Part 1 – Spelling
- The amount of mistakes in the essay was excessive.
- Bob needs to specifically focus on improving his spelling in English.
- It is regrettable that your son has been involved in an incident of this nature.
- It seems suspicious that Gary was absent on the day of the French speaking exam.
- It was surprising that Belinda managed to not be selected for the county.
- When students exceed expectations, it makes the job worthwhile.
- The boy’s performance in MacBeth was unbelieveable!
- Teachers regularly complain about the unmanageable workload they face.
- The appointment of the new deputy has been a valuable addition to the staff.
- The boy was transferred to a different school due to his poor behaviour.
Part 2 – Punctuation
Exclusive: Give teens more ‘healthy’ stress
“Teenagers need more opportunities to experience stress a leading independent school headteacher has said.
Shaun Fenton, headmaster of Hull grammar School said stress was too often seen as harmful to children when, in fact it could be an enormous help in their lives.
In September, Mr fenton will take over as chair of the Headmasters’ and Headmistresses’ Conference – the grouping representing many of the leading independent schools
“Theres a danger in our narrative around teenage life that we see stress as a negative actually, we want children to have a whole life a balanced life, and that means ups and downs, he said.
“To help students to say, ‘Over the next few years, Im going to have a few relationship issues, I’m going to have challenges to overcome lots of good days and a few that arent so good.'”
Mr Fenton thinks extracurricular activities can provide teenagers with a muchneeded dose of “healthy” stress.
Exclusive: Give teens more ‘healthy’ stress
“Teenagers need more opportunities to experience stress” a leading independent school headteacher has said.
Shaun Fenton, headmaster of Hull Grammar School said stress was too often seen as harmful to children when, in fact, it could be an enormous help in their lives.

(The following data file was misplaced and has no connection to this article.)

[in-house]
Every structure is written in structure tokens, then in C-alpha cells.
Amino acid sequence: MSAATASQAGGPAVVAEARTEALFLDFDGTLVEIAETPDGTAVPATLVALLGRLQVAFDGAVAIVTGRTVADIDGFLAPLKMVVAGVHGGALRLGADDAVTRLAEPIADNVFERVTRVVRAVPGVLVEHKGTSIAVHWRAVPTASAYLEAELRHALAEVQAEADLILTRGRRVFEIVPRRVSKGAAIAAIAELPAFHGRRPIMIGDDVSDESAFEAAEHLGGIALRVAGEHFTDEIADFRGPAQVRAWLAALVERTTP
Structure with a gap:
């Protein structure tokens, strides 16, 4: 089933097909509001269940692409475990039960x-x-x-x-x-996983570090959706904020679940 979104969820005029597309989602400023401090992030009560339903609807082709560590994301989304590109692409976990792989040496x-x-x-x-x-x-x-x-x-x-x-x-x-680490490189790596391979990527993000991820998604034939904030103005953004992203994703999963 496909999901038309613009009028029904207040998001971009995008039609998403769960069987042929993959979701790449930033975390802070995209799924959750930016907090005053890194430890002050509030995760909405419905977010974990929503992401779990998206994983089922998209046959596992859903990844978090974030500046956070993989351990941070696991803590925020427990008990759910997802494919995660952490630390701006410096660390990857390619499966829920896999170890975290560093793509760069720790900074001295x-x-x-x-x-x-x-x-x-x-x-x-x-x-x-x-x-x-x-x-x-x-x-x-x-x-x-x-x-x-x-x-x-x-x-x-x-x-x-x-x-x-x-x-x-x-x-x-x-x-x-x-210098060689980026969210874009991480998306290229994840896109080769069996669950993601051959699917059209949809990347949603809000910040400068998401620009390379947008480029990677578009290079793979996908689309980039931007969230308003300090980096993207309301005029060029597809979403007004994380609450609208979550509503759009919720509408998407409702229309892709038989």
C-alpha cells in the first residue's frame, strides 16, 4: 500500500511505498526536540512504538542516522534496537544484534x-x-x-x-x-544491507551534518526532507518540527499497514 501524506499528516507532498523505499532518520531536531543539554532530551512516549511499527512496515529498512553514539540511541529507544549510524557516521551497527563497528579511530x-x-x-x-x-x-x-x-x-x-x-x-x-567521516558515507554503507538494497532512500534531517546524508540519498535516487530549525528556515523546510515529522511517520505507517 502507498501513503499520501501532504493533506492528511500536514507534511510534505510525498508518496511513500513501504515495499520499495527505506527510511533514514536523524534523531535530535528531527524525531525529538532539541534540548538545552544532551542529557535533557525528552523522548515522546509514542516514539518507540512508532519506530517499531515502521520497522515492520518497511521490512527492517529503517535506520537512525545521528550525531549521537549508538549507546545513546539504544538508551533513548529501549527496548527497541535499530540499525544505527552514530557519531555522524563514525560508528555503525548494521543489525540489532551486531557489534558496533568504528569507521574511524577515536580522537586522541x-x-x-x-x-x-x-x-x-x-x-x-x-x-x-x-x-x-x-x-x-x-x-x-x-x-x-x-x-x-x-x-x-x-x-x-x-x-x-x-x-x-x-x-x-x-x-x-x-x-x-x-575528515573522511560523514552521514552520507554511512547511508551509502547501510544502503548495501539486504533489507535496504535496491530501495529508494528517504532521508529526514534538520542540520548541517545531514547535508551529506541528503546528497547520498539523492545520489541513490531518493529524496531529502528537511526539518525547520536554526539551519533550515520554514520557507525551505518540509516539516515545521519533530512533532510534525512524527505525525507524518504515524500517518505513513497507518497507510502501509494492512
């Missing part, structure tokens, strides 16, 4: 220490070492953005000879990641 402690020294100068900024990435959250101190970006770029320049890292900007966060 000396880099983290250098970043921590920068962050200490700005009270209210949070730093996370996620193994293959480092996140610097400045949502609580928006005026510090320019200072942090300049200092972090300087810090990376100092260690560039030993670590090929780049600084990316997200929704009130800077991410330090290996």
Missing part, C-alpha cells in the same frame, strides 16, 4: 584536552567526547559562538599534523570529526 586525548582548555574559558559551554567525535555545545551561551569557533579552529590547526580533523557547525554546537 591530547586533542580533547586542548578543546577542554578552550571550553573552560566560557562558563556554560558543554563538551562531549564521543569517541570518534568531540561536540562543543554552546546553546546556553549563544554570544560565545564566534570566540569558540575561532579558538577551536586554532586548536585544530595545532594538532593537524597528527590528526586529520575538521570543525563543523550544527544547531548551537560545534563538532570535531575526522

In September, Mr Fenton will take over as chair of the Headmasters’ and Headmistresses’ Conference – the grouping representing many of the leading independent schools.
“There’s a danger in our narrative around teenage life that we see stress as a negative. Actually, we want children to have a whole life, a balanced life, and that means ups and downs,” he said.
“To help students to say, ‘Over the next few years, I’m going to have a few relationship issues, I’m going to have challenges to overcome, lots of good days and a few that aren’t so good.'”
Mr Fenton thinks extracurricular activities can provide teenagers with a much-needed dose of “healthy” stress.
Part 3A – Grammar
I am writing to inform you that
- we are deciding to change our Modern Foreign Languages offer
- we have made the decision to change our Modern Foreign Languages offer
- we made the decision to change our Modern Foreign Languages offer
- we decided on a change in our Modern Foreign Languages offer
from French and German to French and Spanish.
Those students currently in Year 7
- are going to be the primary part of this transition
- shall be the first part of this transition
- will be the first part of this transition
- can be the first part of this transition
and will study Spanish instead of German from September onwards.
This curriculum change
- reflects nationally a shift in the MFL offer within schools
- reflects a national shift in the MFL offer within schools
- reflects a national shift in offering MFL within schools
- reflects a national offering shift in MFL within schools
and it is the result of careful consideration and discussion.
Part 3B – Grammar
Following recent successful trips, I am hoping to take another group of students to Rome and the Bay of Naples.
- This would be a six-day trip, flying to Rome for three days and then travelling by coach
- This would be a six-day trip, flying to Rome for three days and then we will travel by coach